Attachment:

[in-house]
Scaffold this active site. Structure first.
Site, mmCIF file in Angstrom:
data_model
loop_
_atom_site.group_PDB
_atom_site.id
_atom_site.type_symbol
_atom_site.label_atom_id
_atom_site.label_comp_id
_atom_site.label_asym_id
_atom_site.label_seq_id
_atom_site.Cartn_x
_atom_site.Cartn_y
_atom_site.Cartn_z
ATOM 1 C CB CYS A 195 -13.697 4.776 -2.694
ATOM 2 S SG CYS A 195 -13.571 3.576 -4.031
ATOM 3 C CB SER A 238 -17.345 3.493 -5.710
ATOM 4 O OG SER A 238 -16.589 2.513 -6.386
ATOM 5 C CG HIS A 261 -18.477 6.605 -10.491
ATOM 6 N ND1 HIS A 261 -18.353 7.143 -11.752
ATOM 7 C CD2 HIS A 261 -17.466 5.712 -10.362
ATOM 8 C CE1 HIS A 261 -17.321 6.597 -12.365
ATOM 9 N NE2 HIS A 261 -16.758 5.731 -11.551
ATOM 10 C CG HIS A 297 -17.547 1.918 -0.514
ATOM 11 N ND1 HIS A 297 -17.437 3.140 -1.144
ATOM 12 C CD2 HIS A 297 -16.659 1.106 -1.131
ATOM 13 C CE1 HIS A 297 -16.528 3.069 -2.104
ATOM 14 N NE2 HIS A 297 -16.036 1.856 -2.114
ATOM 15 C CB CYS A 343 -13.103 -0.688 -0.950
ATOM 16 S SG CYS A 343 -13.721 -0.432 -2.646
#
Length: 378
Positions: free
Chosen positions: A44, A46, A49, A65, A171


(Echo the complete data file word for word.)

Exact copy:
[in-house]
Scaffold this active site. Structure first.
Site, mmCIF file in Angstrom:
data_model
loop_
_atom_site.group_PDB
_atom_site.id
_atom_site.type_symbol
_atom_site.label_atom_id
_atom_site.label_comp_id
_atom_site.label_asym_id
_atom_site.label_seq_id
_atom_site.Cartn_x
_atom_site.Cartn_y
_atom_site.Cartn_z
ATOM 1 C CB CYS A 195 -13.697 4.776 -2.694
ATOM 2 S SG CYS A 195 -13.571 3.576 -4.031
ATOM 3 C CB SER A 238 -17.345 3.493 -5.710
ATOM 4 O OG SER A 238 -16.589 2.513 -6.386
ATOM 5 C CG HIS A 261 -18.477 6.605 -10.491
ATOM 6 N ND1 HIS A 261 -18.353 7.143 -11.752
ATOM 7 C CD2 HIS A 261 -17.466 5.712 -10.362
ATOM 8 C CE1 HIS A 261 -17.321 6.597 -12.365
ATOM 9 N NE2 HIS A 261 -16.758 5.731 -11.551
ATOM 10 C CG HIS A 297 -17.547 1.918 -0.514
ATOM 11 N ND1 HIS A 297 -17.437 3.140 -1.144
ATOM 12 C CD2 HIS A 297 -16.659 1.106 -1.131
ATOM 13 C CE1 HIS A 297 -16.528 3.069 -2.104
ATOM 14 N NE2 HIS A 297 -16.036 1.856 -2.114
ATOM 15 C CB CYS A 343 -13.103 -0.688 -0.950
ATOM 16 S SG CYS A 343 -13.721 -0.432 -2.646
#
Length: 378
Positions: free
Chosen positions: A44, A46, A49, A65, A171